London sales transactions are at an all-time low, according to the latest Land Registry data analysis by Portico London estate agents.
The data shows there were just 55 transactions in the whole of the Westminster borough in February this year*, the lowest ever number recorded by Land Registry open data, and 60% lower than in February 2009 immediately after the last market crash.
Portico’s research shows that there is a clear correlation between General Elections and sales transactions, hence the agent forecasting sales volumes to further decline until the General Election vote on June 8th.
Historically, low levels of sales transactions in central London have pushed people further out of the capital, but Portico’s data shows falling volumes are now a problem across the whole of London.
There were just 105 sales transactions in the south London borough of Wandsworth** this February, compared to 370 the year before, a staggering 72% decrease year on year. Likewise, Land Registry data shows there were just 82 sales transactions recorded in the east London borough Redbridge in February, compared to 260 the year before, a 68% decrease year on year.
According to the agent’s research, the market should experience a spike of activity post-election however, when certainty in the market is restored. After the last election in 2015, Wandsworth and Westminster experienced a 28% average increase in sales transactions in the three months post-election, and Redbridge saw an ever bigger 34% average jump in activity.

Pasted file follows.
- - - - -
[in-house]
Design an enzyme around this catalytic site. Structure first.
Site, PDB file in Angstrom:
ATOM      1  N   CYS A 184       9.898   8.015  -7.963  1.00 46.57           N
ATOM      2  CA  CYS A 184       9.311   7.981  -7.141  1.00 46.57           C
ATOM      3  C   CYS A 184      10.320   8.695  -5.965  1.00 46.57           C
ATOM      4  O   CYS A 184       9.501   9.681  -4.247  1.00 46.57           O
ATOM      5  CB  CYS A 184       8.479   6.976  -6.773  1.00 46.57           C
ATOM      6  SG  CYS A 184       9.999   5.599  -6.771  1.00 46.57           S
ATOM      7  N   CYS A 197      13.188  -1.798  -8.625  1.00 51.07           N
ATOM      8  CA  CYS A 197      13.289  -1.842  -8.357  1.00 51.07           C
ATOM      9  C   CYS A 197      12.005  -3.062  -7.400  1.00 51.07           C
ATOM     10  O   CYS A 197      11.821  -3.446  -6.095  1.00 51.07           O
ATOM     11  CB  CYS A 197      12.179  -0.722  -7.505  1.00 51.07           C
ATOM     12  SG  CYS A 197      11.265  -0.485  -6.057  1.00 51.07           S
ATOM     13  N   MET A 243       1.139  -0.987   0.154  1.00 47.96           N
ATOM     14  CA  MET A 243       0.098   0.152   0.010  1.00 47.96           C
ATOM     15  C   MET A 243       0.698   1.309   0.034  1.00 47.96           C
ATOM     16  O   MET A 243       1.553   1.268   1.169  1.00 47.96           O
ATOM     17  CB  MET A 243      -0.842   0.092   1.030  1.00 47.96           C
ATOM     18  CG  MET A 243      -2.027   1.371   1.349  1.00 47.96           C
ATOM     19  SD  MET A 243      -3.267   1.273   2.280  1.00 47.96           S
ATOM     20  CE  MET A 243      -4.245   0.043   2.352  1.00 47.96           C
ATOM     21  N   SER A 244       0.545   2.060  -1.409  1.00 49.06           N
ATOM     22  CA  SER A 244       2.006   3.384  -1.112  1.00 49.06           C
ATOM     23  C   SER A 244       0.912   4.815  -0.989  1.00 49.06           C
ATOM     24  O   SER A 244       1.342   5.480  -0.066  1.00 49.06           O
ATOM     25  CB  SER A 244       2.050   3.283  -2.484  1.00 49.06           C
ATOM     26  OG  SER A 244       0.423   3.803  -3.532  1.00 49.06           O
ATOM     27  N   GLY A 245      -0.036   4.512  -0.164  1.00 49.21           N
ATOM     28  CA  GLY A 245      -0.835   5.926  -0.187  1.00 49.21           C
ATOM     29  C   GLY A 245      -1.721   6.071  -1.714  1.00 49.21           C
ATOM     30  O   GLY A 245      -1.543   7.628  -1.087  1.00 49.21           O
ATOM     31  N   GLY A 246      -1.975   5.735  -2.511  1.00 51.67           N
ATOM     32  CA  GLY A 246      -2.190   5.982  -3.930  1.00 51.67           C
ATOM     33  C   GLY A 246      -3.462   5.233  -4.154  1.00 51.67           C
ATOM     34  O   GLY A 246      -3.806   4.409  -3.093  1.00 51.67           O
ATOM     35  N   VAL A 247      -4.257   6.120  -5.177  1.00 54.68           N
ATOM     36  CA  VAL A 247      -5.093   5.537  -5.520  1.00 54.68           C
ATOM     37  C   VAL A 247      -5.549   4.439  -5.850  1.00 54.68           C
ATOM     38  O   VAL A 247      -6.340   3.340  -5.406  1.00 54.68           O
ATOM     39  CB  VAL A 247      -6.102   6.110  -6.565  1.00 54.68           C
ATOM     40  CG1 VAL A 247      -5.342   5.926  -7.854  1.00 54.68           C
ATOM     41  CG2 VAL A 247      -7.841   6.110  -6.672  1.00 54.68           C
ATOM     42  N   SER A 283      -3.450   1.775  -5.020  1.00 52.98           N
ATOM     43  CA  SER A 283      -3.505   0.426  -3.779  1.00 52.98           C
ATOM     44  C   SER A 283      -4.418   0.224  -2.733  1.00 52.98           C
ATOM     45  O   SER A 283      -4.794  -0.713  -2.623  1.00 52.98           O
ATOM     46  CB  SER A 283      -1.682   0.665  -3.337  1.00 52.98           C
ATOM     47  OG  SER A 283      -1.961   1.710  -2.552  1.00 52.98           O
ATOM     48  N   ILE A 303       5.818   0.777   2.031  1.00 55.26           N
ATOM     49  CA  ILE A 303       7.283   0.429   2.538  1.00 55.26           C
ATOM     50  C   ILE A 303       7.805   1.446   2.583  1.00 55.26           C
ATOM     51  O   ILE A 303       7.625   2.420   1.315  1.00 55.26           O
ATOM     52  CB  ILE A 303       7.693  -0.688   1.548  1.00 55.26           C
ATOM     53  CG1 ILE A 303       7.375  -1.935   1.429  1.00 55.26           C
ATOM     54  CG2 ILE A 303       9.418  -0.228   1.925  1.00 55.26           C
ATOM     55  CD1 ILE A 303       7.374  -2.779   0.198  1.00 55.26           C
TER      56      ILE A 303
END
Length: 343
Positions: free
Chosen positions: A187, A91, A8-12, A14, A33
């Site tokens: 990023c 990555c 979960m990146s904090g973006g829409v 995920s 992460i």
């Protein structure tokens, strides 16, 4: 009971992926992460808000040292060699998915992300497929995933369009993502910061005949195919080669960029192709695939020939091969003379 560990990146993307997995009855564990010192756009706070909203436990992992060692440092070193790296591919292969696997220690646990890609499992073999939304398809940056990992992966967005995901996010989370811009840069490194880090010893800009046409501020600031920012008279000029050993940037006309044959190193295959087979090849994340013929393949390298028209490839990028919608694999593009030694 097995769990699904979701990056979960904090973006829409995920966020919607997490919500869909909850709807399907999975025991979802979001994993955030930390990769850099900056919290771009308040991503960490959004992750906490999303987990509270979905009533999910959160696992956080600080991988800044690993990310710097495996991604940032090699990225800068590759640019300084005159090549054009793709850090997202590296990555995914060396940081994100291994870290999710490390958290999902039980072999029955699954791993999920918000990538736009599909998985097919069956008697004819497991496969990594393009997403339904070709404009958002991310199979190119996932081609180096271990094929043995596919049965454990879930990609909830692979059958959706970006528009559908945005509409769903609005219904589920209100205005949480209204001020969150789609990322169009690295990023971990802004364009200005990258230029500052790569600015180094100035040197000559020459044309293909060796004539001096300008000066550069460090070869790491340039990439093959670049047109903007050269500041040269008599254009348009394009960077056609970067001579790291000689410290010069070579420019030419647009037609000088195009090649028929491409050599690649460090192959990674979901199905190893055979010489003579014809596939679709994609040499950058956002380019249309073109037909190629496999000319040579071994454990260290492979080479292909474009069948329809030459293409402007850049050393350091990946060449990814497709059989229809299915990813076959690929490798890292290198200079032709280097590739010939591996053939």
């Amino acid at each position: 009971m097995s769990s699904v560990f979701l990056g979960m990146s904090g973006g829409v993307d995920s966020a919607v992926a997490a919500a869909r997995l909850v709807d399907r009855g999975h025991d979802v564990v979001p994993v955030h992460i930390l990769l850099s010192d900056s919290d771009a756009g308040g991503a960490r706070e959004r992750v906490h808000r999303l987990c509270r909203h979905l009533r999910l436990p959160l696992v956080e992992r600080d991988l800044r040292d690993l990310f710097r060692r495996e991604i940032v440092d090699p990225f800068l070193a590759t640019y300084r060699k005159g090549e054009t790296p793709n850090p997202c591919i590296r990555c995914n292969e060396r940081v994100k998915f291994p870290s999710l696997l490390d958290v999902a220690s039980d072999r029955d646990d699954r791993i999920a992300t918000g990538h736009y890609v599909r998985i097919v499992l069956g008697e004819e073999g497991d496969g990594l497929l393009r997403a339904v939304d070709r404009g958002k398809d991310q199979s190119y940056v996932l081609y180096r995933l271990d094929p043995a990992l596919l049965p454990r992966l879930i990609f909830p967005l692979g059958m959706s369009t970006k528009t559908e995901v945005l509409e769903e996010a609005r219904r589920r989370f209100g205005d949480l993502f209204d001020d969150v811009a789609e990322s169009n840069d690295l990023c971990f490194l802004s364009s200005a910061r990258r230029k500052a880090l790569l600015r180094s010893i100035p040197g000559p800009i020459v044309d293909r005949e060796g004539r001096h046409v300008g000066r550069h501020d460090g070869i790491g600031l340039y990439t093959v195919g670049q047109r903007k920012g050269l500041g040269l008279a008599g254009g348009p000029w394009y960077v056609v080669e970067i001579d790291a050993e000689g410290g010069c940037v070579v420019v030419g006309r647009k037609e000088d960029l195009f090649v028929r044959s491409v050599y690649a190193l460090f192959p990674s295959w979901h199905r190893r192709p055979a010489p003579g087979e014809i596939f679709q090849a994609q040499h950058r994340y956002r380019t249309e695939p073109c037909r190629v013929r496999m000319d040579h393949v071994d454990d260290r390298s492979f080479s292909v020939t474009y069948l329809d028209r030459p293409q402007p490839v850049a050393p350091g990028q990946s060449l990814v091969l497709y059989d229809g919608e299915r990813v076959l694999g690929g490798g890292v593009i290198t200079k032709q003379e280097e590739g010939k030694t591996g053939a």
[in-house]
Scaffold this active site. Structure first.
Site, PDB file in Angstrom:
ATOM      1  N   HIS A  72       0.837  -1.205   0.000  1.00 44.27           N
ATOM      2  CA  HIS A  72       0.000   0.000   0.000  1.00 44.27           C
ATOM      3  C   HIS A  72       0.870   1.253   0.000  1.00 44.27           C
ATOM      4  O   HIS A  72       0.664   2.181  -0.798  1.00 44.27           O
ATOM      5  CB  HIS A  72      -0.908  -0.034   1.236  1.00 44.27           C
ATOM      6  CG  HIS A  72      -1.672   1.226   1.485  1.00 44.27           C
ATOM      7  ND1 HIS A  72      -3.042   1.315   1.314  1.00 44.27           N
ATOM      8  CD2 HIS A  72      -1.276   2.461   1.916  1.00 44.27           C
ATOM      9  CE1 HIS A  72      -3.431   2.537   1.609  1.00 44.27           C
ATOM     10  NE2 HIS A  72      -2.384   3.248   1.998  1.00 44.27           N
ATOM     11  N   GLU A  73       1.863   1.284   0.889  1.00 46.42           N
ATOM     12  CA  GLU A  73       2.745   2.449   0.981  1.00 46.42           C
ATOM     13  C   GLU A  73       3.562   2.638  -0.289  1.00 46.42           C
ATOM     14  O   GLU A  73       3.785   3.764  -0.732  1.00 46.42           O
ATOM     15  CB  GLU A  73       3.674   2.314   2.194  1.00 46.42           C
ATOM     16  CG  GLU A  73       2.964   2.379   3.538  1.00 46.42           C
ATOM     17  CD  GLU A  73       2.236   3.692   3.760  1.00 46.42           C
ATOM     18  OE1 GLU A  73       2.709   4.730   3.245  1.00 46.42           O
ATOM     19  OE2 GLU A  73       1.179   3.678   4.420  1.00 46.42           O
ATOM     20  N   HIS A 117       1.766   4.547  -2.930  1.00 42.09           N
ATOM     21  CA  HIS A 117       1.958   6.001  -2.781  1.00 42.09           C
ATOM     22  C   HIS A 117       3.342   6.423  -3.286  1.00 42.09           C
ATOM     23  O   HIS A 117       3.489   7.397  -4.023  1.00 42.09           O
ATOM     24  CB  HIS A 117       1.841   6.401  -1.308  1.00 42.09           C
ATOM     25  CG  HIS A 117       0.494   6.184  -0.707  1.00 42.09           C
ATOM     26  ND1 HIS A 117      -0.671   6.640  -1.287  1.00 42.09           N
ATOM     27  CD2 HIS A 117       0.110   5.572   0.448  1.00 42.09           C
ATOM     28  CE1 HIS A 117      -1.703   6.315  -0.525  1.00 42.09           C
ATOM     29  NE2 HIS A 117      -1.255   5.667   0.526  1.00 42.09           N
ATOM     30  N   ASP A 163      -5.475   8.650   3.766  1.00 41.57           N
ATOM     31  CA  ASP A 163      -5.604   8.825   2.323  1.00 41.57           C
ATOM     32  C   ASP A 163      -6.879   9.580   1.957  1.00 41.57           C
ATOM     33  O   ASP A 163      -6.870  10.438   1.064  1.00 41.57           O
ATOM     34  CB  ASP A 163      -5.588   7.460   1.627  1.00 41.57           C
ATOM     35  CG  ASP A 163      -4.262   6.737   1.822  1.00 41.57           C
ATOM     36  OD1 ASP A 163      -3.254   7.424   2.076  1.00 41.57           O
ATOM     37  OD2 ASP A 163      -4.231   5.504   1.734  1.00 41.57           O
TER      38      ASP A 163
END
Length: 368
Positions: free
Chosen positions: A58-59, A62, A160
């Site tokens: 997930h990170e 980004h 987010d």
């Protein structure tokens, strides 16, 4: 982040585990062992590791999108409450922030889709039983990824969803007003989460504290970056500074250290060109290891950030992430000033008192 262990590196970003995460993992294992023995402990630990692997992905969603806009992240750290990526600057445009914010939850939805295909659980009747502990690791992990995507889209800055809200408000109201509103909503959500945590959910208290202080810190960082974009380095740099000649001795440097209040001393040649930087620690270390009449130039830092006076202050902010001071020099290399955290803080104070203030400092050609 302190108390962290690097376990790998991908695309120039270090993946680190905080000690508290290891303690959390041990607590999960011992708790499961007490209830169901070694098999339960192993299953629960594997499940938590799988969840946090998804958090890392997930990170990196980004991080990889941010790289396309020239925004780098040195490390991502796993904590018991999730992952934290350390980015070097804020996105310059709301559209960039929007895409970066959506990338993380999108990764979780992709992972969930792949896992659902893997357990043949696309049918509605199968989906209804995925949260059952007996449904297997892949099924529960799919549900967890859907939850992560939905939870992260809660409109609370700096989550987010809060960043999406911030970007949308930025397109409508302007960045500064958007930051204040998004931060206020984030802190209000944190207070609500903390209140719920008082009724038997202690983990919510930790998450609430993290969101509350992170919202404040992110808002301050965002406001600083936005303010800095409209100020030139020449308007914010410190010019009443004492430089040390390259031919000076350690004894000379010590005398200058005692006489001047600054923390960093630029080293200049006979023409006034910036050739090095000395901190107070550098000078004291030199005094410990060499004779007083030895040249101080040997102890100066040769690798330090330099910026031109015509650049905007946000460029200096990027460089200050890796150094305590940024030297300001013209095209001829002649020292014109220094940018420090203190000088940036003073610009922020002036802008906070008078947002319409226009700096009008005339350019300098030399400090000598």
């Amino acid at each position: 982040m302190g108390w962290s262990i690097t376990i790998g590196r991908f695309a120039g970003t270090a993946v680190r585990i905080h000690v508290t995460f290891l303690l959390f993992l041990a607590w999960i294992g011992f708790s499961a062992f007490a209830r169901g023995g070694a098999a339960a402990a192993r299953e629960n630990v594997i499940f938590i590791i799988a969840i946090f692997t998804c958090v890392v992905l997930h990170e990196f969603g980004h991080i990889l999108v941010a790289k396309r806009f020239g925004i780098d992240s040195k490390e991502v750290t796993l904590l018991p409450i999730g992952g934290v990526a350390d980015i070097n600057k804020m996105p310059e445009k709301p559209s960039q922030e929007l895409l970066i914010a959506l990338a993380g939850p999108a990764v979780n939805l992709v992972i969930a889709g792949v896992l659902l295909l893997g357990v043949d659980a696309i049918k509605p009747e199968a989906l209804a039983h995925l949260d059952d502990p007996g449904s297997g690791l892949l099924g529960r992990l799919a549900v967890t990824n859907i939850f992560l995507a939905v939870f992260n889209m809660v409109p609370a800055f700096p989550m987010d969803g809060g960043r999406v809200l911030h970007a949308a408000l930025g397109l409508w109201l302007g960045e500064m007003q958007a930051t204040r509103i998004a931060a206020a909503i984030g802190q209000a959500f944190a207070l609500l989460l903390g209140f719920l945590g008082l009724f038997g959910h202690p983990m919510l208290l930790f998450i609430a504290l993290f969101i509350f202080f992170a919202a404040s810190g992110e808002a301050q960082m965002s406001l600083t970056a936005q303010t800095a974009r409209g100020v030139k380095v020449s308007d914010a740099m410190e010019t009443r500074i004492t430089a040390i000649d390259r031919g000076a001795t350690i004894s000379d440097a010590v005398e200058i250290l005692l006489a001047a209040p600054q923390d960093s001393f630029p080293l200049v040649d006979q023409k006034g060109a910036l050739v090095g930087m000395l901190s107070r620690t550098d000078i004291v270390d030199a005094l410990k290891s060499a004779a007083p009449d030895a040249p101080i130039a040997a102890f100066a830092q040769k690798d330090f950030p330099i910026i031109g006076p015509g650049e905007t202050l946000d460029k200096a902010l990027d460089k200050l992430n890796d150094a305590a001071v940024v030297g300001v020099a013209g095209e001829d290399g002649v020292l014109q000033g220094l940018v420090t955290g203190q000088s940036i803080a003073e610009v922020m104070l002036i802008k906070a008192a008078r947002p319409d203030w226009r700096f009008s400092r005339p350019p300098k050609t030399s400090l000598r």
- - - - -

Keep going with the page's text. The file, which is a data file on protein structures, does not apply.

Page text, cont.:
Robert Nichols, Managing Director, Portico, says:
“Currently, transaction volumes, or the number of homes being bought and sold in the capital are at an all-time low. The drop in transactions is in part explained by a big jump in sales in the run-up to April last year, when the change to stamp duty taxes came into effect, followed by an immediate fall. Since then, volumes have dropped to historic lows, and Theresa May’s decision for a snap general election will further subdue the market.
We are expecting to see some improvement in volume post-election, but at best we expect volume to track at -5% year on year to summer 2016, when volumes failed to recover after the stamp duty changes.
We cannot say for certain what impact a boost in market activity will have on property prices, but historically there has always been a slight increase. If we look at the last election, house prices rose by 2.4% in Wandsworth in the three months following the vote, 4.6% in Redbridge and 1.7% in Westminster. Similarly, in the election before that in 2010, property prices rose by 1.8% in Wandsworth, 2.5% in Redbridge and a staggering 19% in Westminster in the three months after the election.”